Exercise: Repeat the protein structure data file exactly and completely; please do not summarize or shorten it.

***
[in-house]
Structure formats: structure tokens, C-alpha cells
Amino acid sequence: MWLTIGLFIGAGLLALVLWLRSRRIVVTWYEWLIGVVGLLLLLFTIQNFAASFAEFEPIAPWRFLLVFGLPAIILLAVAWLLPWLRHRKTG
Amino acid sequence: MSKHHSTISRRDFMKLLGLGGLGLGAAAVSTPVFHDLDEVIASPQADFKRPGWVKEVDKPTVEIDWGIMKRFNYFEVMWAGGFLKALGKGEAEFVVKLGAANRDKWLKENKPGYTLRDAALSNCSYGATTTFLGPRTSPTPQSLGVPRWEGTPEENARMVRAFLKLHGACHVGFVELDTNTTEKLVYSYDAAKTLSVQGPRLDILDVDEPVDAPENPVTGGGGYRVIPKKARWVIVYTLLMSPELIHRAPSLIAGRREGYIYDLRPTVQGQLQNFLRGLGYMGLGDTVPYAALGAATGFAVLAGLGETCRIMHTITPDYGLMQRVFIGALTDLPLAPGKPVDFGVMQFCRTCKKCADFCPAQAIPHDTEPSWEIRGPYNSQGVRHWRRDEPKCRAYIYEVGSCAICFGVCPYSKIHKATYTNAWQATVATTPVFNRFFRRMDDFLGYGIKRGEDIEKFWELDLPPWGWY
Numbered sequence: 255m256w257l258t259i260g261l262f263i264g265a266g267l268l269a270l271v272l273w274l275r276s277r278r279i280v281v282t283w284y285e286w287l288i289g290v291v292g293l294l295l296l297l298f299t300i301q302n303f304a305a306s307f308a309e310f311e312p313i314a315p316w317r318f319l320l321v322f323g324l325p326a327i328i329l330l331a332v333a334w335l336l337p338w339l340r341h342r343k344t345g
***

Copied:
[in-house]
Structure formats: structure tokens, C-alpha cells
Amino acid sequence: MWLTIGLFIGAGLLALVLWLRSRRIVVTWYEWLIGVVGLLLLLFTIQNFAASFAEFEPIAPWRFLLVFGLPAIILLAVAWLLPWLRHRKTG
Amino acid sequence: MSKHHSTISRRDFMKLLGLGGLGLGAAAVSTPVFHDLDEVIASPQADFKRPGWVKEVDKPTVEIDWGIMKRFNYFEVMWAGGFLKALGKGEAEFVVKLGAANRDKWLKENKPGYTLRDAALSNCSYGATTTFLGPRTSPTPQSLGVPRWEGTPEENARMVRAFLKLHGACHVGFVELDTNTTEKLVYSYDAAKTLSVQGPRLDILDVDEPVDAPENPVTGGGGYRVIPKKARWVIVYTLLMSPELIHRAPSLIAGRREGYIYDLRPTVQGQLQNFLRGLGYMGLGDTVPYAALGAATGFAVLAGLGETCRIMHTITPDYGLMQRVFIGALTDLPLAPGKPVDFGVMQFCRTCKKCADFCPAQAIPHDTEPSWEIRGPYNSQGVRHWRRDEPKCRAYIYEVGSCAICFGVCPYSKIHKATYTNAWQATVATTPVFNRFFRRMDDFLGYGIKRGEDIEKFWELDLPPWGWY
Numbered sequence: 255m256w257l258t259i260g261l262f263i264g265a266g267l268l269a270l271v272l273w274l275r276s277r278r279i280v281v282t283w284y285e286w287l288i289g290v291v292g293l294l295l296l297l298f299t300i301q302n303f304a305a306s307f308a309e310f311e312p313i314a315p316w317r318f319l320l321v322f323g324l325p326a327i328i329l330l331a332v333a334w335l336l337p338w339l340r341h342r343k344t345g